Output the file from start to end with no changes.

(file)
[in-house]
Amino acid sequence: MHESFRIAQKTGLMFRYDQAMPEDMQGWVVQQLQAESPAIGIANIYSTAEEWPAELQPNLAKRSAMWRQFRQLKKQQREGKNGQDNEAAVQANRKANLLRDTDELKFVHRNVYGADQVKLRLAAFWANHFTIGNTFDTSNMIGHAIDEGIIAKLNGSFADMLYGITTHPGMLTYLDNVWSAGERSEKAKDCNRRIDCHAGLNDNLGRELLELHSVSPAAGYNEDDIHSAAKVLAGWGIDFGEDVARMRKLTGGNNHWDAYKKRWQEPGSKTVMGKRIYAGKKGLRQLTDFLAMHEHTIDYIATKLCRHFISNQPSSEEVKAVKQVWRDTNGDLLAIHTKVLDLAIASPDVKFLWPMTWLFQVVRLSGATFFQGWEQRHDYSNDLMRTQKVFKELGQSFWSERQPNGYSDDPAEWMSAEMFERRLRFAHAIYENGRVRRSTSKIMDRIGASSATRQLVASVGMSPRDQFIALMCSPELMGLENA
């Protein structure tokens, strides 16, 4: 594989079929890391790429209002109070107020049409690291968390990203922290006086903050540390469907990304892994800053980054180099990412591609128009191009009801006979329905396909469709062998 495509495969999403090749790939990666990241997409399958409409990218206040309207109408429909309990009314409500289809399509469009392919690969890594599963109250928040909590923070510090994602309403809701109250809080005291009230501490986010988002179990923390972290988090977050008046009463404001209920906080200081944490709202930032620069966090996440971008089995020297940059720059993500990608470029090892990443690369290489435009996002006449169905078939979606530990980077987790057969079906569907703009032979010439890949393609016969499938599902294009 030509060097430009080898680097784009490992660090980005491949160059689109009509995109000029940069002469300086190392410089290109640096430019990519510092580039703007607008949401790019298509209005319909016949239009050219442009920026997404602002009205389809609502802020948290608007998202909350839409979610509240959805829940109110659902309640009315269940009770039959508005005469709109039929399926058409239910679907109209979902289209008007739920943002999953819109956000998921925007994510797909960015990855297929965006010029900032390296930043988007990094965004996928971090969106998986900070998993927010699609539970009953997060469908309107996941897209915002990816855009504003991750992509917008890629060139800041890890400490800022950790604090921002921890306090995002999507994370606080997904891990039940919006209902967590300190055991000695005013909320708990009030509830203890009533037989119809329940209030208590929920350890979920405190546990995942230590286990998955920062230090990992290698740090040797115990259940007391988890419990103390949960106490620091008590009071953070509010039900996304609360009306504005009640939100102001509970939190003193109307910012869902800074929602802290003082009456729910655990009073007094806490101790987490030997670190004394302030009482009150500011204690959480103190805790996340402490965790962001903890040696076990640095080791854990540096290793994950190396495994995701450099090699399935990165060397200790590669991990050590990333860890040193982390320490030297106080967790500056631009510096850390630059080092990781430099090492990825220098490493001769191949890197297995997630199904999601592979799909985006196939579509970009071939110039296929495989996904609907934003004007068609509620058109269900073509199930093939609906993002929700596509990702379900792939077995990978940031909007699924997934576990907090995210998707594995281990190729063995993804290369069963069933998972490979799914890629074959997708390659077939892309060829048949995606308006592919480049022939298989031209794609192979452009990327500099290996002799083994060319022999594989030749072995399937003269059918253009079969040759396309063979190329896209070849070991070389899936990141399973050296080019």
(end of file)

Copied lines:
[in-house]
Amino acid sequence: MHESFRIAQKTGLMFRYDQAMPEDMQGWVVQQLQAESPAIGIANIYSTAEEWPAELQPNLAKRSAMWRQFRQLKKQQREGKNGQDNEAAVQANRKANLLRDTDELKFVHRNVYGADQVKLRLAAFWANHFTIGNTFDTSNMIGHAIDEGIIAKLNGSFADMLYGITTHPGMLTYLDNVWSAGERSEKAKDCNRRIDCHAGLNDNLGRELLELHSVSPAAGYNEDDIHSAAKVLAGWGIDFGEDVARMRKLTGGNNHWDAYKKRWQEPGSKTVMGKRIYAGKKGLRQLTDFLAMHEHTIDYIATKLCRHFISNQPSSEEVKAVKQVWRDTNGDLLAIHTKVLDLAIASPDVKFLWPMTWLFQVVRLSGATFFQGWEQRHDYSNDLMRTQKVFKELGQSFWSERQPNGYSDDPAEWMSAEMFERRLRFAHAIYENGRVRRSTSKIMDRIGASSATRQLVASVGMSPRDQFIALMCSPELMGLENA
């Protein structure tokens, strides 16, 4: 594989079929890391790429209002109070107020049409690291968390990203922290006086903050540390469907990304892994800053980054180099990412591609128009191009009801006979329905396909469709062998 495509495969999403090749790939990666990241997409399958409409990218206040309207109408429909309990009314409500289809399509469009392919690969890594599963109250928040909590923070510090994602309403809701109250809080005291009230501490986010988002179990923390972290988090977050008046009463404001209920906080200081944490709202930032620069966090996440971008089995020297940059720059993500990608470029090892990443690369290489435009996002006449169905078939979606530990980077987790057969079906569907703009032979010439890949393609016969499938599902294009 030509060097430009080898680097784009490992660090980005491949160059689109009509995109000029940069002469300086190392410089290109640096430019990519510092580039703007607008949401790019298509209005319909016949239009050219442009920026997404602002009205389809609502802020948290608007998202909350839409979610509240959805829940109110659902309640009315269940009770039959508005005469709109039929399926058409239910679907109209979902289209008007739920943002999953819109956000998921925007994510797909960015990855297929965006010029900032390296930043988007990094965004996928971090969106998986900070998993927010699609539970009953997060469908309107996941897209915002990816855009504003991750992509917008890629060139800041890890400490800022950790604090921002921890306090995002999507994370606080997904891990039940919006209902967590300190055991000695005013909320708990009030509830203890009533037989119809329940209030208590929920350890979920405190546990995942230590286990998955920062230090990992290698740090040797115990259940007391988890419990103390949960106490620091008590009071953070509010039900996304609360009306504005009640939100102001509970939190003193109307910012869902800074929602802290003082009456729910655990009073007094806490101790987490030997670190004394302030009482009150500011204690959480103190805790996340402490965790962001903890040696076990640095080791854990540096290793994950190396495994995701450099090699399935990165060397200790590669991990050590990333860890040193982390320490030297106080967790500056631009510096850390630059080092990781430099090492990825220098490493001769191949890197297995997630199904999601592979799909985006196939579509970009071939110039296929495989996904609907934003004007068609509620058109269900073509199930093939609906993002929700596509990702379900792939077995990978940031909007699924997934576990907090995210998707594995281990190729063995993804290369069963069933998972490979799914890629074959997708390659077939892309060829048949995606308006592919480049022939298989031209794609192979452009990327500099290996002799083994060319022999594989030749072995399937003269059918253009079969040759396309063979190329896209070849070991070389899936990141399973050296080019």